Senators Markey, Blackburn ask FTC to look into YouTube’s ad placements on children’s videos

By 08/17/2023
Senators Markey, Blackburn ask FTC to look into YouTube’s ad placements on children’s videos

For the second time in less than two months, YouTube is responding to a critical inquiry into its advertising practices. Senators Ed Markey (D-MA) and Marsha Blackburn (R-TN) have written a letter to the FTC asking for an investigation into YouTube’s ad placements on videos intended for children.

The latest to-do over children’s online safety started with a report from Adalytics. The ad data platform — which previously argued that the Google Video Partners program “misled” buyers — raised questions about the data collection that could be happening on kid-friendly content.

According to an Adalytics report, spots from major “adult” brands (such as Procter & Gamble, Ford, and Samsung) have run as pre-roll ads next to videos from CoComelon, Kids Diana Show, and other major family channels. When viewers clicked on those ads, cookies were added to their devices “for the purposes of ad targeting and tracking on the browsers of consumers watching YouTube videos that are clearly labeled as ‘for kids.'”


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Adalytics has the same question as Senators Markey and Blackburn: Does this practice violate the kids’ data privacy law COPPA, which Markey co-authored. A 2013 amendment added web cookies as a form of personal information, making them subject to the law.

Enforcement of COPPA on digital platforms has ramped up in the 2020s, with companies like Google and TikTok facing FTC fines. Now, another inquiry may be in order. “This behavior by YouTube and Google is estimated to have impacted hundreds of thousands, to potentially millions, of children across the United States,” reads the Senators’ letter. “As such, YouTube and Google may have violated COPPA – as well as its 2019 FTC consent decree – in an egregious manner.”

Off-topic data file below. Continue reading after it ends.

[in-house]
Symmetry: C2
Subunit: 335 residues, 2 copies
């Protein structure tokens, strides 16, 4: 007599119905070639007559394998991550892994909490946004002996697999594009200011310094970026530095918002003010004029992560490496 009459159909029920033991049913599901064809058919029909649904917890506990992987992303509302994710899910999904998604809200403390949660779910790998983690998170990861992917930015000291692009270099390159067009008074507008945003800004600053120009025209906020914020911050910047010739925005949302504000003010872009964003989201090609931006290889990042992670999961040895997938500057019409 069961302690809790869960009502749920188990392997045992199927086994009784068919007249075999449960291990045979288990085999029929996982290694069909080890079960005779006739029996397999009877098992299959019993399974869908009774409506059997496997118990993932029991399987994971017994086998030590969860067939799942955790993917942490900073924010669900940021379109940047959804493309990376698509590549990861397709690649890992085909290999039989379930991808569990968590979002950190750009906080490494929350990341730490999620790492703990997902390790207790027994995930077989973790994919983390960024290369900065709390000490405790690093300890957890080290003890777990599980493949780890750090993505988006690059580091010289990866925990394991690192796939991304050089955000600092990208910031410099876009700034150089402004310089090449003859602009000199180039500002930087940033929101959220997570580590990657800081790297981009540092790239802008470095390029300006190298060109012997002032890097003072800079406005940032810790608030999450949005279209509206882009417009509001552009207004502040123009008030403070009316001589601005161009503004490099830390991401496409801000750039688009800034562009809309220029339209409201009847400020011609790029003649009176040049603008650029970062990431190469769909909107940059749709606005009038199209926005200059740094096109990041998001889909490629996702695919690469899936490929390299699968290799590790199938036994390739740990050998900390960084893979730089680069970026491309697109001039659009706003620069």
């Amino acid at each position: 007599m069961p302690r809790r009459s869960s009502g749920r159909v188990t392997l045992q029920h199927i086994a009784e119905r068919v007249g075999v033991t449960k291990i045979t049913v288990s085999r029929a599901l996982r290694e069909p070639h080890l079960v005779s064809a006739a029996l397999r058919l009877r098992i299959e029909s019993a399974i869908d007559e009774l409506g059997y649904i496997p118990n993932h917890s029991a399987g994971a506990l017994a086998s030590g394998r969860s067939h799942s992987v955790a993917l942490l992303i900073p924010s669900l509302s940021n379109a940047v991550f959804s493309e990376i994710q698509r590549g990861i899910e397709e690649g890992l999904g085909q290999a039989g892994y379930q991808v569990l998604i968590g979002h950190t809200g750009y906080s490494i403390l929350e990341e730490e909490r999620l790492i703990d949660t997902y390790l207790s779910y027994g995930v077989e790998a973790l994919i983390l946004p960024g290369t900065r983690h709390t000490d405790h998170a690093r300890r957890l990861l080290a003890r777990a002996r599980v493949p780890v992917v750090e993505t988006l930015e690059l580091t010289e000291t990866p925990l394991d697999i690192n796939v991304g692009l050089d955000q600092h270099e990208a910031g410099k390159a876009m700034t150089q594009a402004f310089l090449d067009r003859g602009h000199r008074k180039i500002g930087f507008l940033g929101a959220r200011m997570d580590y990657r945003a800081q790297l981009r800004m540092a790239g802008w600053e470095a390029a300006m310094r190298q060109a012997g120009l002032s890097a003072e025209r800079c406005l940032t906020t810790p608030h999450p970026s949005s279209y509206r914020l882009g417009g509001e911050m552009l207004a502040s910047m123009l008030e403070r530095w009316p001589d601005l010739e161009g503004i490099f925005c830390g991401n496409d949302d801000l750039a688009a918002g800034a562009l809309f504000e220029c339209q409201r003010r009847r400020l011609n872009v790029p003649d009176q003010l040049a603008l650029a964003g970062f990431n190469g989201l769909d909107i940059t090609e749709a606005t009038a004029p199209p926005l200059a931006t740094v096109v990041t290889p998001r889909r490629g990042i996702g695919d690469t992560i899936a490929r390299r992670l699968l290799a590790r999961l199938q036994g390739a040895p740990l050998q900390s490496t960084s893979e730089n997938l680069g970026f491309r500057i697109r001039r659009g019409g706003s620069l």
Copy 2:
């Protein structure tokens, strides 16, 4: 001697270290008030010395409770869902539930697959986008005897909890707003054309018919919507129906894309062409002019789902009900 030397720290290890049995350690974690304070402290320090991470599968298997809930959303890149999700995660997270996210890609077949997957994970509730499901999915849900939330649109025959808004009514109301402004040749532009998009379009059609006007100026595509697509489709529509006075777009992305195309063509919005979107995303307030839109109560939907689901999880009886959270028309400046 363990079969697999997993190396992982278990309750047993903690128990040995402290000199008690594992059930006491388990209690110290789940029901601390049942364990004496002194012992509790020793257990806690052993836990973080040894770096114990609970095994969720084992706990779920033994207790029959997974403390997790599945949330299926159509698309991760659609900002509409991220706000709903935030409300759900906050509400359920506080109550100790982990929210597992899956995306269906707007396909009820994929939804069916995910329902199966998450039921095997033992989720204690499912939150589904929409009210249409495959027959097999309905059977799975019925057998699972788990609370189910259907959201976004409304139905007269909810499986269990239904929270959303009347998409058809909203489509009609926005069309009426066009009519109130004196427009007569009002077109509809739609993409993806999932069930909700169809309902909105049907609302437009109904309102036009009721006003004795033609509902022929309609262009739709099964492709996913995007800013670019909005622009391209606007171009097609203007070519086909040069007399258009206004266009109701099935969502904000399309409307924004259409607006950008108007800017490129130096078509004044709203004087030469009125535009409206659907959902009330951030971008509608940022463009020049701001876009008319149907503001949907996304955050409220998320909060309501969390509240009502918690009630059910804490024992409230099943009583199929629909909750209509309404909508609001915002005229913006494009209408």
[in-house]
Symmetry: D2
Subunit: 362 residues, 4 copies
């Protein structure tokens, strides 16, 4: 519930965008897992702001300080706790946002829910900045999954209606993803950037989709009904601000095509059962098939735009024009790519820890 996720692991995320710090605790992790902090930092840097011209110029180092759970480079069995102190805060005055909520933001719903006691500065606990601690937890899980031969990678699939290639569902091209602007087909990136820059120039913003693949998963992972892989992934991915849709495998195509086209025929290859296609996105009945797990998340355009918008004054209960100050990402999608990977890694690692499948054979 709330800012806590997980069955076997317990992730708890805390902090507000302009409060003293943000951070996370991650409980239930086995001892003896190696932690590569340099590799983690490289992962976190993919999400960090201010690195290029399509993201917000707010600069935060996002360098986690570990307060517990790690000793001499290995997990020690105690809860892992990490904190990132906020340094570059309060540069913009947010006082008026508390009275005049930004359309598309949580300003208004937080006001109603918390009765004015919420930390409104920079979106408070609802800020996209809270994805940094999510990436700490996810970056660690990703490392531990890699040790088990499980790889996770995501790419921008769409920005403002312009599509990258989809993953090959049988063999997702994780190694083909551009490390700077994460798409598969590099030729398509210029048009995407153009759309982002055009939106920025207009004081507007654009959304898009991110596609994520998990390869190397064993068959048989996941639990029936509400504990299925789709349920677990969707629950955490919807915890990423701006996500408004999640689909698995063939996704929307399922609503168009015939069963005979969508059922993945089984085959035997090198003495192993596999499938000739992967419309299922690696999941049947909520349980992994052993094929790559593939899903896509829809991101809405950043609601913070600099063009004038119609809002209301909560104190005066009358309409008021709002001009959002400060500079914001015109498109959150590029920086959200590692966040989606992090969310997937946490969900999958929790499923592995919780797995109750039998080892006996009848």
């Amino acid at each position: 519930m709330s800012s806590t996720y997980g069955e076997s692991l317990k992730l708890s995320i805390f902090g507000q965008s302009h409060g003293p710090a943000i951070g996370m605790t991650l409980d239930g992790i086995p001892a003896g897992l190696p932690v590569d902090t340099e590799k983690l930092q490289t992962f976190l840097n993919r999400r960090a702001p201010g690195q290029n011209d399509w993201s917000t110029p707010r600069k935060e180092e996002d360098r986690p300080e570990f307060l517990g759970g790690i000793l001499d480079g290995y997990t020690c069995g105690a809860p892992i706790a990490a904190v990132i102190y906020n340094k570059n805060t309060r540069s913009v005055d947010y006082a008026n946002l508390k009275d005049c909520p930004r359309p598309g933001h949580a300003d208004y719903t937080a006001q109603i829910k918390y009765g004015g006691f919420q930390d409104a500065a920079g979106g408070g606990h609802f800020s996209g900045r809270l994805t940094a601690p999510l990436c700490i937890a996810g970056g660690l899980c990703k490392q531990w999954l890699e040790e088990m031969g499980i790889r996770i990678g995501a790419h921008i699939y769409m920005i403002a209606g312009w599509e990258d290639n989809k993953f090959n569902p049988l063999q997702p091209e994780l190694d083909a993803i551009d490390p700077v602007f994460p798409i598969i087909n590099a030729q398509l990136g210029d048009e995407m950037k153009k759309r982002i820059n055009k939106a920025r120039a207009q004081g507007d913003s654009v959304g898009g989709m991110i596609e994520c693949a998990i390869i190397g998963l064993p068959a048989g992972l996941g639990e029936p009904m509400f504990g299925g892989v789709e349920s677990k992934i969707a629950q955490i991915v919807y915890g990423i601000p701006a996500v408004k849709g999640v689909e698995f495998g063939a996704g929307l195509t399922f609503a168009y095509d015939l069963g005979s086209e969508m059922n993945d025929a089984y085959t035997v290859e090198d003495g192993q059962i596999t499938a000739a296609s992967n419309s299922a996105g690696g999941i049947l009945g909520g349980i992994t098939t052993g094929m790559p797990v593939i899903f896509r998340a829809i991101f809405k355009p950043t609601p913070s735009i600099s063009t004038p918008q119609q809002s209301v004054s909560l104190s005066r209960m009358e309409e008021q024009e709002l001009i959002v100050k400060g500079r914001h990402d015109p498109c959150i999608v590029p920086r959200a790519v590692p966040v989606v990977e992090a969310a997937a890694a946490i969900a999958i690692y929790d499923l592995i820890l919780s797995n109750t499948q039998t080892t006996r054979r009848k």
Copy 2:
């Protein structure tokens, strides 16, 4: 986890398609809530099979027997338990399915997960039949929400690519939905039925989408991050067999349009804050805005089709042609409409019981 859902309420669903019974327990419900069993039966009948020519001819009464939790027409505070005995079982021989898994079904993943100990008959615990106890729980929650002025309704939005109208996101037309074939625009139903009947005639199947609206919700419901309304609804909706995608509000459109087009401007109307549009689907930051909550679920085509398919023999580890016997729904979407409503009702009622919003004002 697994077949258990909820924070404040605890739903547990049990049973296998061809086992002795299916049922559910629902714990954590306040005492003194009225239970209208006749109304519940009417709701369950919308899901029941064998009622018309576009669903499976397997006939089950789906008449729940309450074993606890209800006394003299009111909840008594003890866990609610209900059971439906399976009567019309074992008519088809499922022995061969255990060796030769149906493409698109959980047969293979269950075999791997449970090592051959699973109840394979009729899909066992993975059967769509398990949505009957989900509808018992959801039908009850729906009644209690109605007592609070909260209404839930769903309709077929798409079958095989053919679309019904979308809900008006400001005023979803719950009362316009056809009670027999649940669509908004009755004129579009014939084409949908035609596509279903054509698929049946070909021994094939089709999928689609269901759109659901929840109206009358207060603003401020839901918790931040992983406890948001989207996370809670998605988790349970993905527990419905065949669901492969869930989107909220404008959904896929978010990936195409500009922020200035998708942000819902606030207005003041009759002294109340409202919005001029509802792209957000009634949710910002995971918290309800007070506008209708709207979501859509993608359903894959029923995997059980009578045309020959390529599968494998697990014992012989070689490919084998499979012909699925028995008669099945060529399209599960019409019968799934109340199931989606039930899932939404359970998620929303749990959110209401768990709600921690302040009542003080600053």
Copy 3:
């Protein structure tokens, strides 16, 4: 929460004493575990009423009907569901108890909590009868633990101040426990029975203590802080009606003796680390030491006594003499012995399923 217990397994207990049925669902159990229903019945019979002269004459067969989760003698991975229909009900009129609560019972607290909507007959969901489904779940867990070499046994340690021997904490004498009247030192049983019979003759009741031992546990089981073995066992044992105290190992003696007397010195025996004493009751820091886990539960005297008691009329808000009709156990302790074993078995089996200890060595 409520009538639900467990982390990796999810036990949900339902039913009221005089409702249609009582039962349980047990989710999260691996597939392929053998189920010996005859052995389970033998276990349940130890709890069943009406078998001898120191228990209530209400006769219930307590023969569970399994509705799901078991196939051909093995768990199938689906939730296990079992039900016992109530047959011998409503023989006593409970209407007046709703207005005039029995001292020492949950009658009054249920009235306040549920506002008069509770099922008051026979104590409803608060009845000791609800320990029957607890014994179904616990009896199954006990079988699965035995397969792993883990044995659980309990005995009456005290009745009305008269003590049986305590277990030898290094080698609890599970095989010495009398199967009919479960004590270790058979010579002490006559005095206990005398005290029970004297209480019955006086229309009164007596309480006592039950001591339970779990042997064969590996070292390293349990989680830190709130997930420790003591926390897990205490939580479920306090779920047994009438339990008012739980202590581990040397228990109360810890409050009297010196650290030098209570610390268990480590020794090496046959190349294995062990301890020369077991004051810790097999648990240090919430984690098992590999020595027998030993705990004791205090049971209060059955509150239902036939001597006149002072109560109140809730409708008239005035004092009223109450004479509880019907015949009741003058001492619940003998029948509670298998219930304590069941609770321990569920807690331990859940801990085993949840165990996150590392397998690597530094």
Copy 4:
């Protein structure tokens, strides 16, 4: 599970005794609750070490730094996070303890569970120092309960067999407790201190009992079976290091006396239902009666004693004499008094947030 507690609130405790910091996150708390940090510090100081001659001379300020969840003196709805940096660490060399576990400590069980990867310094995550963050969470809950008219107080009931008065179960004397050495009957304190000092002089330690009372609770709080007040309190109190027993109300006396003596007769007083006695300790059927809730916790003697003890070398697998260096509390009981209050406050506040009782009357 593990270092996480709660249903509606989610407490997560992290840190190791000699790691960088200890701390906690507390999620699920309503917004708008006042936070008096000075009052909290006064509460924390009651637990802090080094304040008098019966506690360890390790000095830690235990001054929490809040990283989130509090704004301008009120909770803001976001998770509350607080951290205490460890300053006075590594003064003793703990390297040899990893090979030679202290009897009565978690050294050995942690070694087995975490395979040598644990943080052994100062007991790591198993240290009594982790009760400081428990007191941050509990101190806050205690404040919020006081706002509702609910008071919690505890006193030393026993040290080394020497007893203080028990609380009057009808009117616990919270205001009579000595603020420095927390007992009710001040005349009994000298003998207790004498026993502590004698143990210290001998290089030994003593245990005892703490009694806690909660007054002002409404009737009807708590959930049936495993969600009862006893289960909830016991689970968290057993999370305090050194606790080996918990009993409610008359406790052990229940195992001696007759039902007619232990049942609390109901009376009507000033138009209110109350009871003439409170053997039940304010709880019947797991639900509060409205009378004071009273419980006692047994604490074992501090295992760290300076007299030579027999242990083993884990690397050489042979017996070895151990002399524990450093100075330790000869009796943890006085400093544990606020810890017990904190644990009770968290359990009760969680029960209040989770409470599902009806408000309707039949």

YouTube contested the findings in Adalytics’ Google Video Partners report, and it took a similar stance in response to the firm’s COPPA-related allegations. A Google spokesperson told the New York Times that Adalytics’ latest conclusions are “deeply flawed and misleading.”

The spokesperson admitted that some adult-oriented ads run on children’s videos in order to reach parents, but he clarified that those ads are not personalized. The cookies only attach to the viewer’s device once the ad is clicked; that process takes the viewer off YouTube.

Those rebuttals may not satisfy all buyers. Adalytics’ previous YouTube-related broadside caused a stir in the advertising industry, and some agency execs want more thorough answers now. “I’m incredibly concerned about it,” UM Worldwide Chief Privacy Officer Arielle Garcia told the New York Times.

[UPDATE 8/18: A YouTube spokesperson shared the following statement with Tubefilter:

“This is the second time in recent weeks that Adalytics has published a deeply flawed and misleading report. Personalized advertising has never been allowed on YouTube Kids, and in January 2020 we expanded this to anyone watching ‘made for kids’ content on YouTube, regardless of their age. The report makes completely false claims and draws uninformed conclusions based solely on the presence of cookies, which are widely used in these contexts for the purposes of fraud detection and frequency capping — both of which are permitted under COPPA. The portions of this report that were shared with us didn’t identify a single example of these policies being violated.”

Several Google execs have offered similarly sharp statements in the wake of the report. The tech giant is clearly bothered by Adalytics’ spate of negative reports. A spokesperson told Tubefilter that Google has attempted to meet with the ad firm to clear the air, but its offer has been ignored so far.]

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